For someone who struggled to get friends jazzed for documentaries a few years ago, it’s been nice to see two non-fiction features doing blockbuster numbers. Two biographical docs, Julie Cohen and Betsy West’s “RBG” along with Morgan Neville’s “Won’t You Be My Neighbor?,” will gross whopping eight-figure sums. Netflix has certainly helped grease the skids by investing heavily in documentary content of many lengths and formats, but there seems to be something bigger at play here beyond just a small-screen effect.

Subjects Ruth Bader Ginsburg and Fred Rogers are, in many senses, miles apart. Ginsburg is a dyed-in-the-wool liberal who’s used her power to secure major victories for women’s rights, while Rogers was a social conservative and fairly prototypical Reagan Republican. Yet in their respective adulations this summer, I don’t see a blue state-red state divide – in fact, quite the opposite. Granted that one figure is significantly more political than the other, but both stand for something larger than party in a time where seemingly everything is partisan.

These members of the so-called Silent Generation were both crucial in giving voice to the concerns of groups ignored and dismissed by society. Because RBG fought for herself to have a seat at the table in a chauvinistic legal world, both in academia and in practice, she was able to use her power as a litigator and later Supreme Court Justice to fight vigorously for all women to receive an equal opportunity. Mr. Rogers, meanwhile, eschewed the priesthood to evangelize through the medium of television, then a pure entertainment delivery service which no one thought could work as a tool for education. By listening to children and telling them their thoughts and feelings mattered, Rogers inspired a generation of children (including me, who will tear up a little bit every time I hear the jingle).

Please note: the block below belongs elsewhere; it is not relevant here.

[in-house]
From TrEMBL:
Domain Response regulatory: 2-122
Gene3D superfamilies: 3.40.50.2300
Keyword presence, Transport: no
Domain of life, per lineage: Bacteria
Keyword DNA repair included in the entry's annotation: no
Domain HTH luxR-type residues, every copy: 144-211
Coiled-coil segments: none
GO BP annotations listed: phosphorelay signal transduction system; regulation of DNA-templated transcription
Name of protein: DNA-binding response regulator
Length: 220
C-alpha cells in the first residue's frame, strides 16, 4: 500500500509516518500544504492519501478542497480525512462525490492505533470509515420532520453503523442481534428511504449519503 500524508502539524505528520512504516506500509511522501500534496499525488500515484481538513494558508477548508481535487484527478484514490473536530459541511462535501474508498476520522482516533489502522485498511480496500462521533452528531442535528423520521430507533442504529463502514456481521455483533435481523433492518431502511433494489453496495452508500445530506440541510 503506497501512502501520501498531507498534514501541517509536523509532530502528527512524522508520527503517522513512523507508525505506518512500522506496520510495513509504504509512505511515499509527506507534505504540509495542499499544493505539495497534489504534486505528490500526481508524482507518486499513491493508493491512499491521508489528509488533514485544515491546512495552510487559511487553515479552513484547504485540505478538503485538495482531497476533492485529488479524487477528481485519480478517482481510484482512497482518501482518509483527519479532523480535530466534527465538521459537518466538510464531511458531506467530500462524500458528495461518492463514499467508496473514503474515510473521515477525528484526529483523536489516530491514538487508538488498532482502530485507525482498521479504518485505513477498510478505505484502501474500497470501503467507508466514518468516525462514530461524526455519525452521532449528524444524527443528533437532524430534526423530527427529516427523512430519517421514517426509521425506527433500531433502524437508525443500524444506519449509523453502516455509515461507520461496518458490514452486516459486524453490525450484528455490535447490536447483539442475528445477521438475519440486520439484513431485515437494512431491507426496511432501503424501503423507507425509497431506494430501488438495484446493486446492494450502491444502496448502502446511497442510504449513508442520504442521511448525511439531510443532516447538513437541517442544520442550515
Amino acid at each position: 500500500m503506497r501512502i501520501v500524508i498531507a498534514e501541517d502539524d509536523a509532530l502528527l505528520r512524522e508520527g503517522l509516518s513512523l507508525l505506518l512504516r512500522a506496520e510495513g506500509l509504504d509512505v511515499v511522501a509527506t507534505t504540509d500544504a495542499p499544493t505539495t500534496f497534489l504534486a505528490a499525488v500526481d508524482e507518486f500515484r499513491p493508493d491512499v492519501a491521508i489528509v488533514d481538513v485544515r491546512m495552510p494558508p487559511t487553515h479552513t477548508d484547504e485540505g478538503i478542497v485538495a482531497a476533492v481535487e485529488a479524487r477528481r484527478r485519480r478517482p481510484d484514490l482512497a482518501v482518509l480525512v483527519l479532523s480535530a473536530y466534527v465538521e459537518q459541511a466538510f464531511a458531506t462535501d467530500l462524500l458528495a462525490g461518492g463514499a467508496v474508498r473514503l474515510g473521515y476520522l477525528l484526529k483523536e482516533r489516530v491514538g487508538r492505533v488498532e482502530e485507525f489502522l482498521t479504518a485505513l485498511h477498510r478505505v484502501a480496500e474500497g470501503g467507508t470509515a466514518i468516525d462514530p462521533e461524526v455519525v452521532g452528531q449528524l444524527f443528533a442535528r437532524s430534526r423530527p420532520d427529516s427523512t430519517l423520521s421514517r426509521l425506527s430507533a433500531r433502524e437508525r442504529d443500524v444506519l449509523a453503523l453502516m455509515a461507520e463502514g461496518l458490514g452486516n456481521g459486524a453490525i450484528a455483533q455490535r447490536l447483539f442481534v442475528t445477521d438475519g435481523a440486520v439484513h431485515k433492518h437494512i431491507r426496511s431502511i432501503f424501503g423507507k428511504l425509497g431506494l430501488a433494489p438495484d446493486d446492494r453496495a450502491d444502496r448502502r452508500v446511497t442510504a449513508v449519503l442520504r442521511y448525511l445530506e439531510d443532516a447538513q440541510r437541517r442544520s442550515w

Ginsburg and Rogers are both inspiring humanists who told women and children, respectively, that they were granted certain rights and dignities just by being themselves. Both believed so fervently in their causes and were so unwavering in their convictions that they inspired loyalty and friendship from unlikely corners. RBG was a traveling buddy with her ideological opposite on the court, Antonin Scalia, while Mr. Rogers maintained fond relationships with members of the cast and crew whose lifestyles were anathema to his own beliefs.